The occult symbol of the “violet flame” was prominent in the campaign of Basescu, who was seen wearing violet neckties and sweaters, with many of his staff wearing the same colors. A year later a group of white witches met outside the Congress of the Social Democrat Party to cast spells and exhort the violet flame out of the party. In 2012, there were reports that Basescu was “attacked” by spells of black magic and that he was only protected through the intervention of “white witches.”
(Journal for the Study of Religions and Ideologies, http://jsri.ro/ojs/index.php/jsri/index.)
A special report on Poland in The Economist (June 28) finds a robust economy but a more divided and less vital religious sector.
The magazine reports that the Catholic Church’s unifying role while promoting dialogue on issues such as Jewish-Christian relations and democracy in the past has been eclipsed by a fear of dissent from within and liberalization in the wider society. The recent closure of a parish by the archbishop of Warsaw-Praga, where popular suspended priest, Wojchiech Lemanski had criticized the church’s position on in-vitro fertilization (IVF), as well as berating church officials for mishandling sexual abuse cases and tolerating anti-Semitism among Catholics.
Church officials say that the suspension was due only to Lemanski’s dissent on IVF. The article reports that the church in Poland has made something of a comeback after the 1990s, when it was accused of being too political and overly concerned with gaining returned properties lost during the communist era. Today people are drawn to the church for prayer and meditation rather than for practical help.
Although the number of seminarians has dropped (from 4,800 in the early 2000s to around 3,000 today), the country still produces a quarter of Europe’s vocations. The Polish church sees challenges outside the church as well as inside. The fear of “liberalization” harming the church was recently on display in a conflict about “gender studies, which to “some hardline Catholics has become a catch-all term for radical feminism, liberal abortion politics and other social trends they dislike.”
The alarm was started last summer when Tadeusz Pieronek, a bishop, pronounced that the “ideology of gender presents a threat worse than Nazism and communism combined. Conservative politicians joined the effort, convening a parliamentary group, ‘Stop Gender Ideology.’”
01: In a paper delivered at the CESNUR (Center for Studies on New Religions) conference at Baylor University (Waco, Texas) in early June, J. Gordon Melton analyzed atheist groups as organizations similar to new religious movements (without a supernatural component) and the new public presence of atheism on the American scene.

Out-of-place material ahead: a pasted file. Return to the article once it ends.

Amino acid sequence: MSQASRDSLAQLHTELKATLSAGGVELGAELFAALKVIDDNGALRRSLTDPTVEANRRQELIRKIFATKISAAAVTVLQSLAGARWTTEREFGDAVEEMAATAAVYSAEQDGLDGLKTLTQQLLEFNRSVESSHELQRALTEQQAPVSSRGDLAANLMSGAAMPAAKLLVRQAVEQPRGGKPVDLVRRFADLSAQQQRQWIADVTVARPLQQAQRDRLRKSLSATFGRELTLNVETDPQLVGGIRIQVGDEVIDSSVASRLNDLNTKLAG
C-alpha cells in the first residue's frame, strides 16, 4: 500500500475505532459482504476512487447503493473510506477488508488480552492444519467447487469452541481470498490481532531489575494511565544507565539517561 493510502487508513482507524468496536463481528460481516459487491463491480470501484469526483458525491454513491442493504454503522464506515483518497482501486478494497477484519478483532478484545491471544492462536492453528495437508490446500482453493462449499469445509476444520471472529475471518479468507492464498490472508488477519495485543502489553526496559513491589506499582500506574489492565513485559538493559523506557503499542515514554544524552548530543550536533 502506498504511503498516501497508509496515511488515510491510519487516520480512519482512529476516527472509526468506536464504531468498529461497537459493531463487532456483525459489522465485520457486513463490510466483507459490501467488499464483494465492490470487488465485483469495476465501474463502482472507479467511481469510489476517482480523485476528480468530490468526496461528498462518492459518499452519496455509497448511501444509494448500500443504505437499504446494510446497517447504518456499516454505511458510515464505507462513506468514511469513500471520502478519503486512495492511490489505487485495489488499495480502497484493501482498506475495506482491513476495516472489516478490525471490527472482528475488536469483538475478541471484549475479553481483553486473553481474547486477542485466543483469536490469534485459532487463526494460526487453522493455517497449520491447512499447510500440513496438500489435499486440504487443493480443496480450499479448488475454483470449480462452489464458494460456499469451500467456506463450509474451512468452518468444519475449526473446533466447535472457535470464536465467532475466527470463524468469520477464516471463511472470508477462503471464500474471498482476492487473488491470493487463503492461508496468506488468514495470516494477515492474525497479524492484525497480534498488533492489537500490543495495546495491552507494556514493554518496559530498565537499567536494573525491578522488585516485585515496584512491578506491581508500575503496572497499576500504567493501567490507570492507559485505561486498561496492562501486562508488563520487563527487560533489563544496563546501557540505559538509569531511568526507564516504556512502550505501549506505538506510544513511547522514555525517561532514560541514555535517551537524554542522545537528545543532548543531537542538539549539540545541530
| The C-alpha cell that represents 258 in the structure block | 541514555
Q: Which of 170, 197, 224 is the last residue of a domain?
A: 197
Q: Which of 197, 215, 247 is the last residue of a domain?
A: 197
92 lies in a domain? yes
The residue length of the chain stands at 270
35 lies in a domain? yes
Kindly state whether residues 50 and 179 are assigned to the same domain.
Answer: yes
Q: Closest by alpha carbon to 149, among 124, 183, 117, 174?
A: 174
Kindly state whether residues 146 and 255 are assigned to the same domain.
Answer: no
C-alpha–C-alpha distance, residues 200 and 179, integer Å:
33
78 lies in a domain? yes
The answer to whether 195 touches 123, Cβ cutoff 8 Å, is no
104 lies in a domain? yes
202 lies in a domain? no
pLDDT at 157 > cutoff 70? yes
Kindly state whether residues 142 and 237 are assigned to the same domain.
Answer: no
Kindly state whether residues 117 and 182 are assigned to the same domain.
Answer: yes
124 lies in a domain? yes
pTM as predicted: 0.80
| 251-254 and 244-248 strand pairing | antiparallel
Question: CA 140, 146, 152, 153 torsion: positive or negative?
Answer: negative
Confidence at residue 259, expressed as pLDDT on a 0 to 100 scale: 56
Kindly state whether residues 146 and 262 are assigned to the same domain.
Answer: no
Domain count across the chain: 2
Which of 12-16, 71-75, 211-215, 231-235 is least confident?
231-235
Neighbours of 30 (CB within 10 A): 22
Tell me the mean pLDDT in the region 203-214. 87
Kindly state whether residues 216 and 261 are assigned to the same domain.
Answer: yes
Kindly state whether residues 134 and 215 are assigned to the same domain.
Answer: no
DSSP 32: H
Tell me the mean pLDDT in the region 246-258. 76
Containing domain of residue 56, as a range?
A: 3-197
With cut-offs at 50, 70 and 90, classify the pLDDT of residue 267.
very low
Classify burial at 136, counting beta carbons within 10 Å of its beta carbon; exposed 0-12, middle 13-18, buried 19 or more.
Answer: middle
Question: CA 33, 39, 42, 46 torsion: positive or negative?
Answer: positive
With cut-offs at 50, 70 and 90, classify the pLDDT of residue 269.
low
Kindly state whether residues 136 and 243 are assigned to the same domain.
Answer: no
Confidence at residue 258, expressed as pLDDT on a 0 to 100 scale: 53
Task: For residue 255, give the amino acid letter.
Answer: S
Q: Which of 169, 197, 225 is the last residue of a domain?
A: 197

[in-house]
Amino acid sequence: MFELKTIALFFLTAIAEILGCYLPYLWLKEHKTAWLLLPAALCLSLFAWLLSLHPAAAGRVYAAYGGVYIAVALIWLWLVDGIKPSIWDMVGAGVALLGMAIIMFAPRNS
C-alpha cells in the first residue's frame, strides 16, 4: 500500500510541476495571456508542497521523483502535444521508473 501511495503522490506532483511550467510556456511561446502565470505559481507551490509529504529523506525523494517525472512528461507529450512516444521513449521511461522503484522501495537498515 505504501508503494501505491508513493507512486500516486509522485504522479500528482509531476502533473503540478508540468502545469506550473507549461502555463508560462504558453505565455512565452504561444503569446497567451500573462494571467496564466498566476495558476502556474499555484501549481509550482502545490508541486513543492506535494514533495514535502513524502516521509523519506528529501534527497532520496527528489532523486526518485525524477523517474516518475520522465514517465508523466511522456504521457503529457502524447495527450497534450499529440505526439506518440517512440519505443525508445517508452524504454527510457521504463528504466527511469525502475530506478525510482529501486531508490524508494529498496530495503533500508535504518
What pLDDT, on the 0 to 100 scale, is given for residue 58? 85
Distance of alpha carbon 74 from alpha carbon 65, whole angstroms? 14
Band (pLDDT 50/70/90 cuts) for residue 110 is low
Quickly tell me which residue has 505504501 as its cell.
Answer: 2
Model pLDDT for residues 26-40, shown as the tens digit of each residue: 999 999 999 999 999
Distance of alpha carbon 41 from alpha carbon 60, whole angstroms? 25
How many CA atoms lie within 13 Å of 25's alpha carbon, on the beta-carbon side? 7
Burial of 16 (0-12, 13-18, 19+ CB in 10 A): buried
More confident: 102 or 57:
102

Actually, the percentage of atheists has remained stable for as long as they have been counted. There were 4 million atheists in 1944, and they then made 4 percent of the U.S. population. They still make 4 percent today, but the population has tripled in the meantime, and thus atheism has grown in absolute numbers.
Several atheists and humanist organizations are competing with different approaches. The American Humanist Association, originally a split from the Unitarians, has nearly 200 centers around the country and offers humanist celebrations such as weddings. American Atheists (founded in 1963 by Madalyn Murray O’Hair) follows a strong atheist line and has launched in late July the first atheism-dedicated television channel, Atheist TV, presented as an attempt to fill a void beside a plethora of religious channels.
In the 1960s, upon the initiative of a very radical reform rabbi, a secular, non-theistic congregation was founded and led to the organization of the Society for Humanistic Judaism. There were splits over the history of atheist and humanist movements, and there are now seven organizations active at the national level. However, all these organizations combined gather less than 200,000 members, according to Melton.
02: More members of religious communities around the world were forced to flee their homes last year than at any time in the recent past, according to the annual report on religious freedom by the U.S. State Department.
Reuters (July 29) quotes the report as saying, “In almost every corner of the globe, millions of Christians, Muslims, Hindus and others representing a range of faiths were forced from their homes on account of their religious beliefs.” Hundreds of thousands of Christians had fled three years of civil war in Syria and in the Central African Republic, lawlessness and sectarian violence between Christians and Muslims had reportedly resulted in the displacement of more than a million people in 2013.
The report also highlighted anti-Muslim violence in Myanmar that led to up to 100 deaths and 12,000 being forced from their homes in the area of the town of Meiktila in early 2013.